In the realm of non-donut menu-items, Duck Donuts offers milkshakes (donut-flavored) and breakfast sandwiches (which use donuts as bread). Now that I think of it, Duck Donuts doesn’t really have any non-donut menu-items, but rather just donuts in disguise. Nonetheless, Duck Donuts stands alone among the donut shops in Asheville as the only establishment where one can drink their donuts.
Where: Off Merrimon Avenue, Asheville’s north-south lifeline. They are far enough away from downtown to avoid parking trouble, while being near enough as to be convenient for post-shopping snacks.
Located on Asheville’s famous South Slope brewing district, Vortex—as one may expect—offers an excellent variety of drinks. I don’t mean beer—they save their yeast and whatnot for the donuts. Rather I mean espresso, tea curated by Dobra (a local favorite), and kombucha fermented by none other than buchi, my own preferred brand.
Vortex’s catalogue of donut-flavors has a nearly nonexistent online presence; one assumes it’s been lost to the shop’s namesake. But in short, Vortex offers the regular, Dunkin-esque gambit—vanilla, sour-cream, etc.—alongside some truly intriguing varieties: mud-cake, vegan, and of course, “vortex,” the only doughnut-flavor I’ve yet to find that sounds as if it wants to turn the tables on me. All in all, Vortex plays strongly into Asheville’s beverage-scene, while offering some strong contenders for more novel donut-flavors.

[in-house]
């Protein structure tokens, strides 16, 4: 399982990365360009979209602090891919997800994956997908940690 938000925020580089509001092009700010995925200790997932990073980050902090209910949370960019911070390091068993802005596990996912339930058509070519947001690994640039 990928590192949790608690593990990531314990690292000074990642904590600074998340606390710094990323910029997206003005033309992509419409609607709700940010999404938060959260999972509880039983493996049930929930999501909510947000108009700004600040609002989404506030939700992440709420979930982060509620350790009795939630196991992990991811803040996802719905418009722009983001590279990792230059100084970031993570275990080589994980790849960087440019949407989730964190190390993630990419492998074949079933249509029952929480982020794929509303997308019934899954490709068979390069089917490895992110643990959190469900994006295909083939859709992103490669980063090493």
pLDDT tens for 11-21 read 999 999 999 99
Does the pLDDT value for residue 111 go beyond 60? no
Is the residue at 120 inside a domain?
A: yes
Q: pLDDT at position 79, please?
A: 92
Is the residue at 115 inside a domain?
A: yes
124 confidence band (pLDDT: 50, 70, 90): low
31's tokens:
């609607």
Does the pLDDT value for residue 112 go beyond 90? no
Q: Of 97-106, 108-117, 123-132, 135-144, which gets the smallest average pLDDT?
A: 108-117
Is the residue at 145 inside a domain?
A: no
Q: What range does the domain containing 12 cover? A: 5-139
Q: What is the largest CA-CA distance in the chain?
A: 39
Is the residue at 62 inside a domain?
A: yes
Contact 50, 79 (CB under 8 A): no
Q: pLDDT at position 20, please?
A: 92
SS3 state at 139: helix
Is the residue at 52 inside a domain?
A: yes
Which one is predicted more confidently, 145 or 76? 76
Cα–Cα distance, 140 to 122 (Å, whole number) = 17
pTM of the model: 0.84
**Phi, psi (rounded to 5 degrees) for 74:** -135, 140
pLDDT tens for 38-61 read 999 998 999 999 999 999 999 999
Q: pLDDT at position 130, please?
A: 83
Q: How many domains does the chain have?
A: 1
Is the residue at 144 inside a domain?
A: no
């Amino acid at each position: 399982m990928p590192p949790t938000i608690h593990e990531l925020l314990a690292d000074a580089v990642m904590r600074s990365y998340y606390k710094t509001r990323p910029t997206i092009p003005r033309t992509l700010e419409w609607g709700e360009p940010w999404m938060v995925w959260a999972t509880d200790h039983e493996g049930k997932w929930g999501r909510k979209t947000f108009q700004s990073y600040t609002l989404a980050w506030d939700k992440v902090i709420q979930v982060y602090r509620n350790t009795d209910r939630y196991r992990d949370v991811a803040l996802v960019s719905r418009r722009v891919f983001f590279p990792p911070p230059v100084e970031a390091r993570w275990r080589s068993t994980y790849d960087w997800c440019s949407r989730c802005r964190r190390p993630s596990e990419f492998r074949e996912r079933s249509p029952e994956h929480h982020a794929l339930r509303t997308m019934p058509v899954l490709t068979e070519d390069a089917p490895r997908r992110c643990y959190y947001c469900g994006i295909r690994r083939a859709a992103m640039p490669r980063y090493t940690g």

Where: Located on Bank’s Avenue, Vortex lies within a kind of Bermuda-triangle, caught betwixt Burial Beer Company, Green Man Brewing, and The Funkatorium. Of all the donut shops in Asheville, it is the only one from which one may commence—or end—a tour of local breweries.
This entry takes us north along Merrimon Avenue, nearly at the gates of far-flung and mystical Woodfin. Primarily—as the name would entail—a bakery, Geraldine’s offers far more than donuts: bagels, cupcakes, breakfast sandwiches, and even wedding cakes.